Content development leads to white page syndrome

For many years I’ve been working with small businesses and entrepreneurs. A great amount this work is assisting them with the development of websites and content.

Content is the single most toe-stumping, road-blocking obstacle for every single SMB owner I’ve worked with. Whether at the start of the web building or later after outdated content is on the site, keeping a business’s web presence fresh seems to stymie most business owners.

Slow to start

During the web development phase content is what takes longer to determine, author and edit, especially if owners wish to pen their own page text. Most get “white page syndrome” and stare at the blank screen and produce nothing. Cure: Hire a content development expert.

Set it and forget it yields outdated content

After a site is launched many entrepreneurs simply forget their sites and never look back, overlooking the fact that their business website is their always-on, always-open office. Outdated content makes your business look out-of-date. Cure: Develop an editorial calendar to keep you on track.

Most websites we develop are based on a content management system (we prefer self-hosted WordPress), allowing the easy modification of existing pages, and quick publication of new pages or posts.

Yet despite these easy to use tools, most website owners neglect their sites. It is so easy to get caught up in the other activities of managing your business. However, I’d ask you to consider this: almost every single small business I’ve ever worked with has very little disposable cash to spend on paying for advertising placements, or pay per click ads.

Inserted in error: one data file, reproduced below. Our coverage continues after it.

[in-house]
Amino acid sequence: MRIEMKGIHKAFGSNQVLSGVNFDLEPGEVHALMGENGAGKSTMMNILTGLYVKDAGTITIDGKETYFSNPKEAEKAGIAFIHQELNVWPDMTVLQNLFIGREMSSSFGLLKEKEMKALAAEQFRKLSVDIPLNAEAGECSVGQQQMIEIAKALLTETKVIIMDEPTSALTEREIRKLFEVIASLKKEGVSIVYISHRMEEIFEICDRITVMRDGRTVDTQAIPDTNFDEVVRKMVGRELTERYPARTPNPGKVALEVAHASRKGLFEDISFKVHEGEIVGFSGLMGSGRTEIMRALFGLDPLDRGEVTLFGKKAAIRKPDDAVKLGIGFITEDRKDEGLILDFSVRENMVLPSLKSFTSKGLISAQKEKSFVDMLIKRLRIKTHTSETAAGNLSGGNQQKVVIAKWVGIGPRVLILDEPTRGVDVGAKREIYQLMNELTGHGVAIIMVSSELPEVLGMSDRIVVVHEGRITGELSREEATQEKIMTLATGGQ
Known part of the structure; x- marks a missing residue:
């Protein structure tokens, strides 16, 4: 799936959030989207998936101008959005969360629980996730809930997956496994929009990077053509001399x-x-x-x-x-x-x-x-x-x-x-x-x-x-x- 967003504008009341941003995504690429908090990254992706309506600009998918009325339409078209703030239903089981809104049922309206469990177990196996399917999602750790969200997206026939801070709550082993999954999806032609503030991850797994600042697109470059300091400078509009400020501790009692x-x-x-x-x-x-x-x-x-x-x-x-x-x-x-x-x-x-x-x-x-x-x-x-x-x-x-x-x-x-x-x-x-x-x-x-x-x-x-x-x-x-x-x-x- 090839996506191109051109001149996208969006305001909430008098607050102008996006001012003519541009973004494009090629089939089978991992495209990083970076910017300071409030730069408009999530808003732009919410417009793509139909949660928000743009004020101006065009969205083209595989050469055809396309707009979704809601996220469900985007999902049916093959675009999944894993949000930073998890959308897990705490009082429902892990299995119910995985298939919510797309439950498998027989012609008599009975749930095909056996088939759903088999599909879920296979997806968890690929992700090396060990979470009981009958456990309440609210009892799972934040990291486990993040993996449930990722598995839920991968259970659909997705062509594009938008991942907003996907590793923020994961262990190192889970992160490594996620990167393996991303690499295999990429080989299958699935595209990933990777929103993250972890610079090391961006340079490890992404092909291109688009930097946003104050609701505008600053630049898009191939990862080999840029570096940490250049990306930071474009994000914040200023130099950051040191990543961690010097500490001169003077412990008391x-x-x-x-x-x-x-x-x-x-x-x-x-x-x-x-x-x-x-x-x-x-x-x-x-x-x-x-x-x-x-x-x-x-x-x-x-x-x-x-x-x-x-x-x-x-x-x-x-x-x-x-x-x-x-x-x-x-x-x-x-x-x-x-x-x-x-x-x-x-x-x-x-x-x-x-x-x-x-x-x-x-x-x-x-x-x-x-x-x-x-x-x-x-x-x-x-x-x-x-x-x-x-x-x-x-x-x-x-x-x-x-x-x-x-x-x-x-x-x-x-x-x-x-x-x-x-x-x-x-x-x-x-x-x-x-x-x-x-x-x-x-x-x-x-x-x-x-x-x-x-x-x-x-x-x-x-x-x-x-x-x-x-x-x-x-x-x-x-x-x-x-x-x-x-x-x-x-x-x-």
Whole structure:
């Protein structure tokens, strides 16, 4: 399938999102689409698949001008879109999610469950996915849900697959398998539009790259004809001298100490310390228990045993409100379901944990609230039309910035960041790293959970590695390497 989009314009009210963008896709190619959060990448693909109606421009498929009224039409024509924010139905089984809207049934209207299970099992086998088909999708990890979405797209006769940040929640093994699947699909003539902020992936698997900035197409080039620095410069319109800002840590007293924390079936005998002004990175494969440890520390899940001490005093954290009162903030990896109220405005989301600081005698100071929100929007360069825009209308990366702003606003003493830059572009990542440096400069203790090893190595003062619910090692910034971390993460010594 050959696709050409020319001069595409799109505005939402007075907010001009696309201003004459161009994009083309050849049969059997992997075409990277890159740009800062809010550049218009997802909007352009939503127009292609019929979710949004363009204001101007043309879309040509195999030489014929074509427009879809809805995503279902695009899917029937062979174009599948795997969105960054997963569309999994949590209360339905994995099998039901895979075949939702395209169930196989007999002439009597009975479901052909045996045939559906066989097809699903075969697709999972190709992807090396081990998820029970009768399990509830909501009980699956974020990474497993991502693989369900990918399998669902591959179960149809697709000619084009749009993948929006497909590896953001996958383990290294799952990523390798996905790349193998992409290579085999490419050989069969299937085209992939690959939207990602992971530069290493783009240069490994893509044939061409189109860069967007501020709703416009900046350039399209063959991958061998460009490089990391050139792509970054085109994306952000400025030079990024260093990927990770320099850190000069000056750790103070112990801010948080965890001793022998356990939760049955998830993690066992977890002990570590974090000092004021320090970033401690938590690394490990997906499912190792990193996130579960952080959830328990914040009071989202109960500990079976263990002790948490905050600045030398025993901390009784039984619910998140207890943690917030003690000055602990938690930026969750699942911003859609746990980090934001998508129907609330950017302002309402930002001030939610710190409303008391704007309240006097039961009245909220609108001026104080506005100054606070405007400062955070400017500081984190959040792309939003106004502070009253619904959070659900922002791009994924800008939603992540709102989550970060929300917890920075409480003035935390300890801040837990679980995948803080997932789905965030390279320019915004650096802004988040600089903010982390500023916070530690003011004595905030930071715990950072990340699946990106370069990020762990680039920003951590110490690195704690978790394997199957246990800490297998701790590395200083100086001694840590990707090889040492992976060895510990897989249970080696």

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The single most effective marketing spend is that of time and thought to keep your website updated.

From listing new testimonials, to new clients to new business accomplishments to insights designed to help your customers solve problems, you can find many sources of fresh content for your site.

Has your content grown cold?

If you find yourself suffering from white page syndrome, and lack inspiration on how you might update content, use these tips from Site Pro News blogger Adrienne Erin:

    • Make sure every page has some call-to-action. This can be to pick up the phone for a consultation, email for an appointment, download a white paper, join an email list, set up an account, add items to a wish list, etc. Think about what you want to get from every visitor to your site.
    • Rewrite the content on all the webpages. Just as the appearance of a site can become dated, so can the readability. You don’t have to majorly rewrite all the content; even minor tweaks can alter the way a piece reads.
    • Delete pages that no longer apply to your company. Has your business changed its direction? Do you have pages that make zero sense to keep? Remove them or risk confusing your guests.
    • Add pages for new products or services. Just as you deleted some pages, you may want to add others for the same reasons.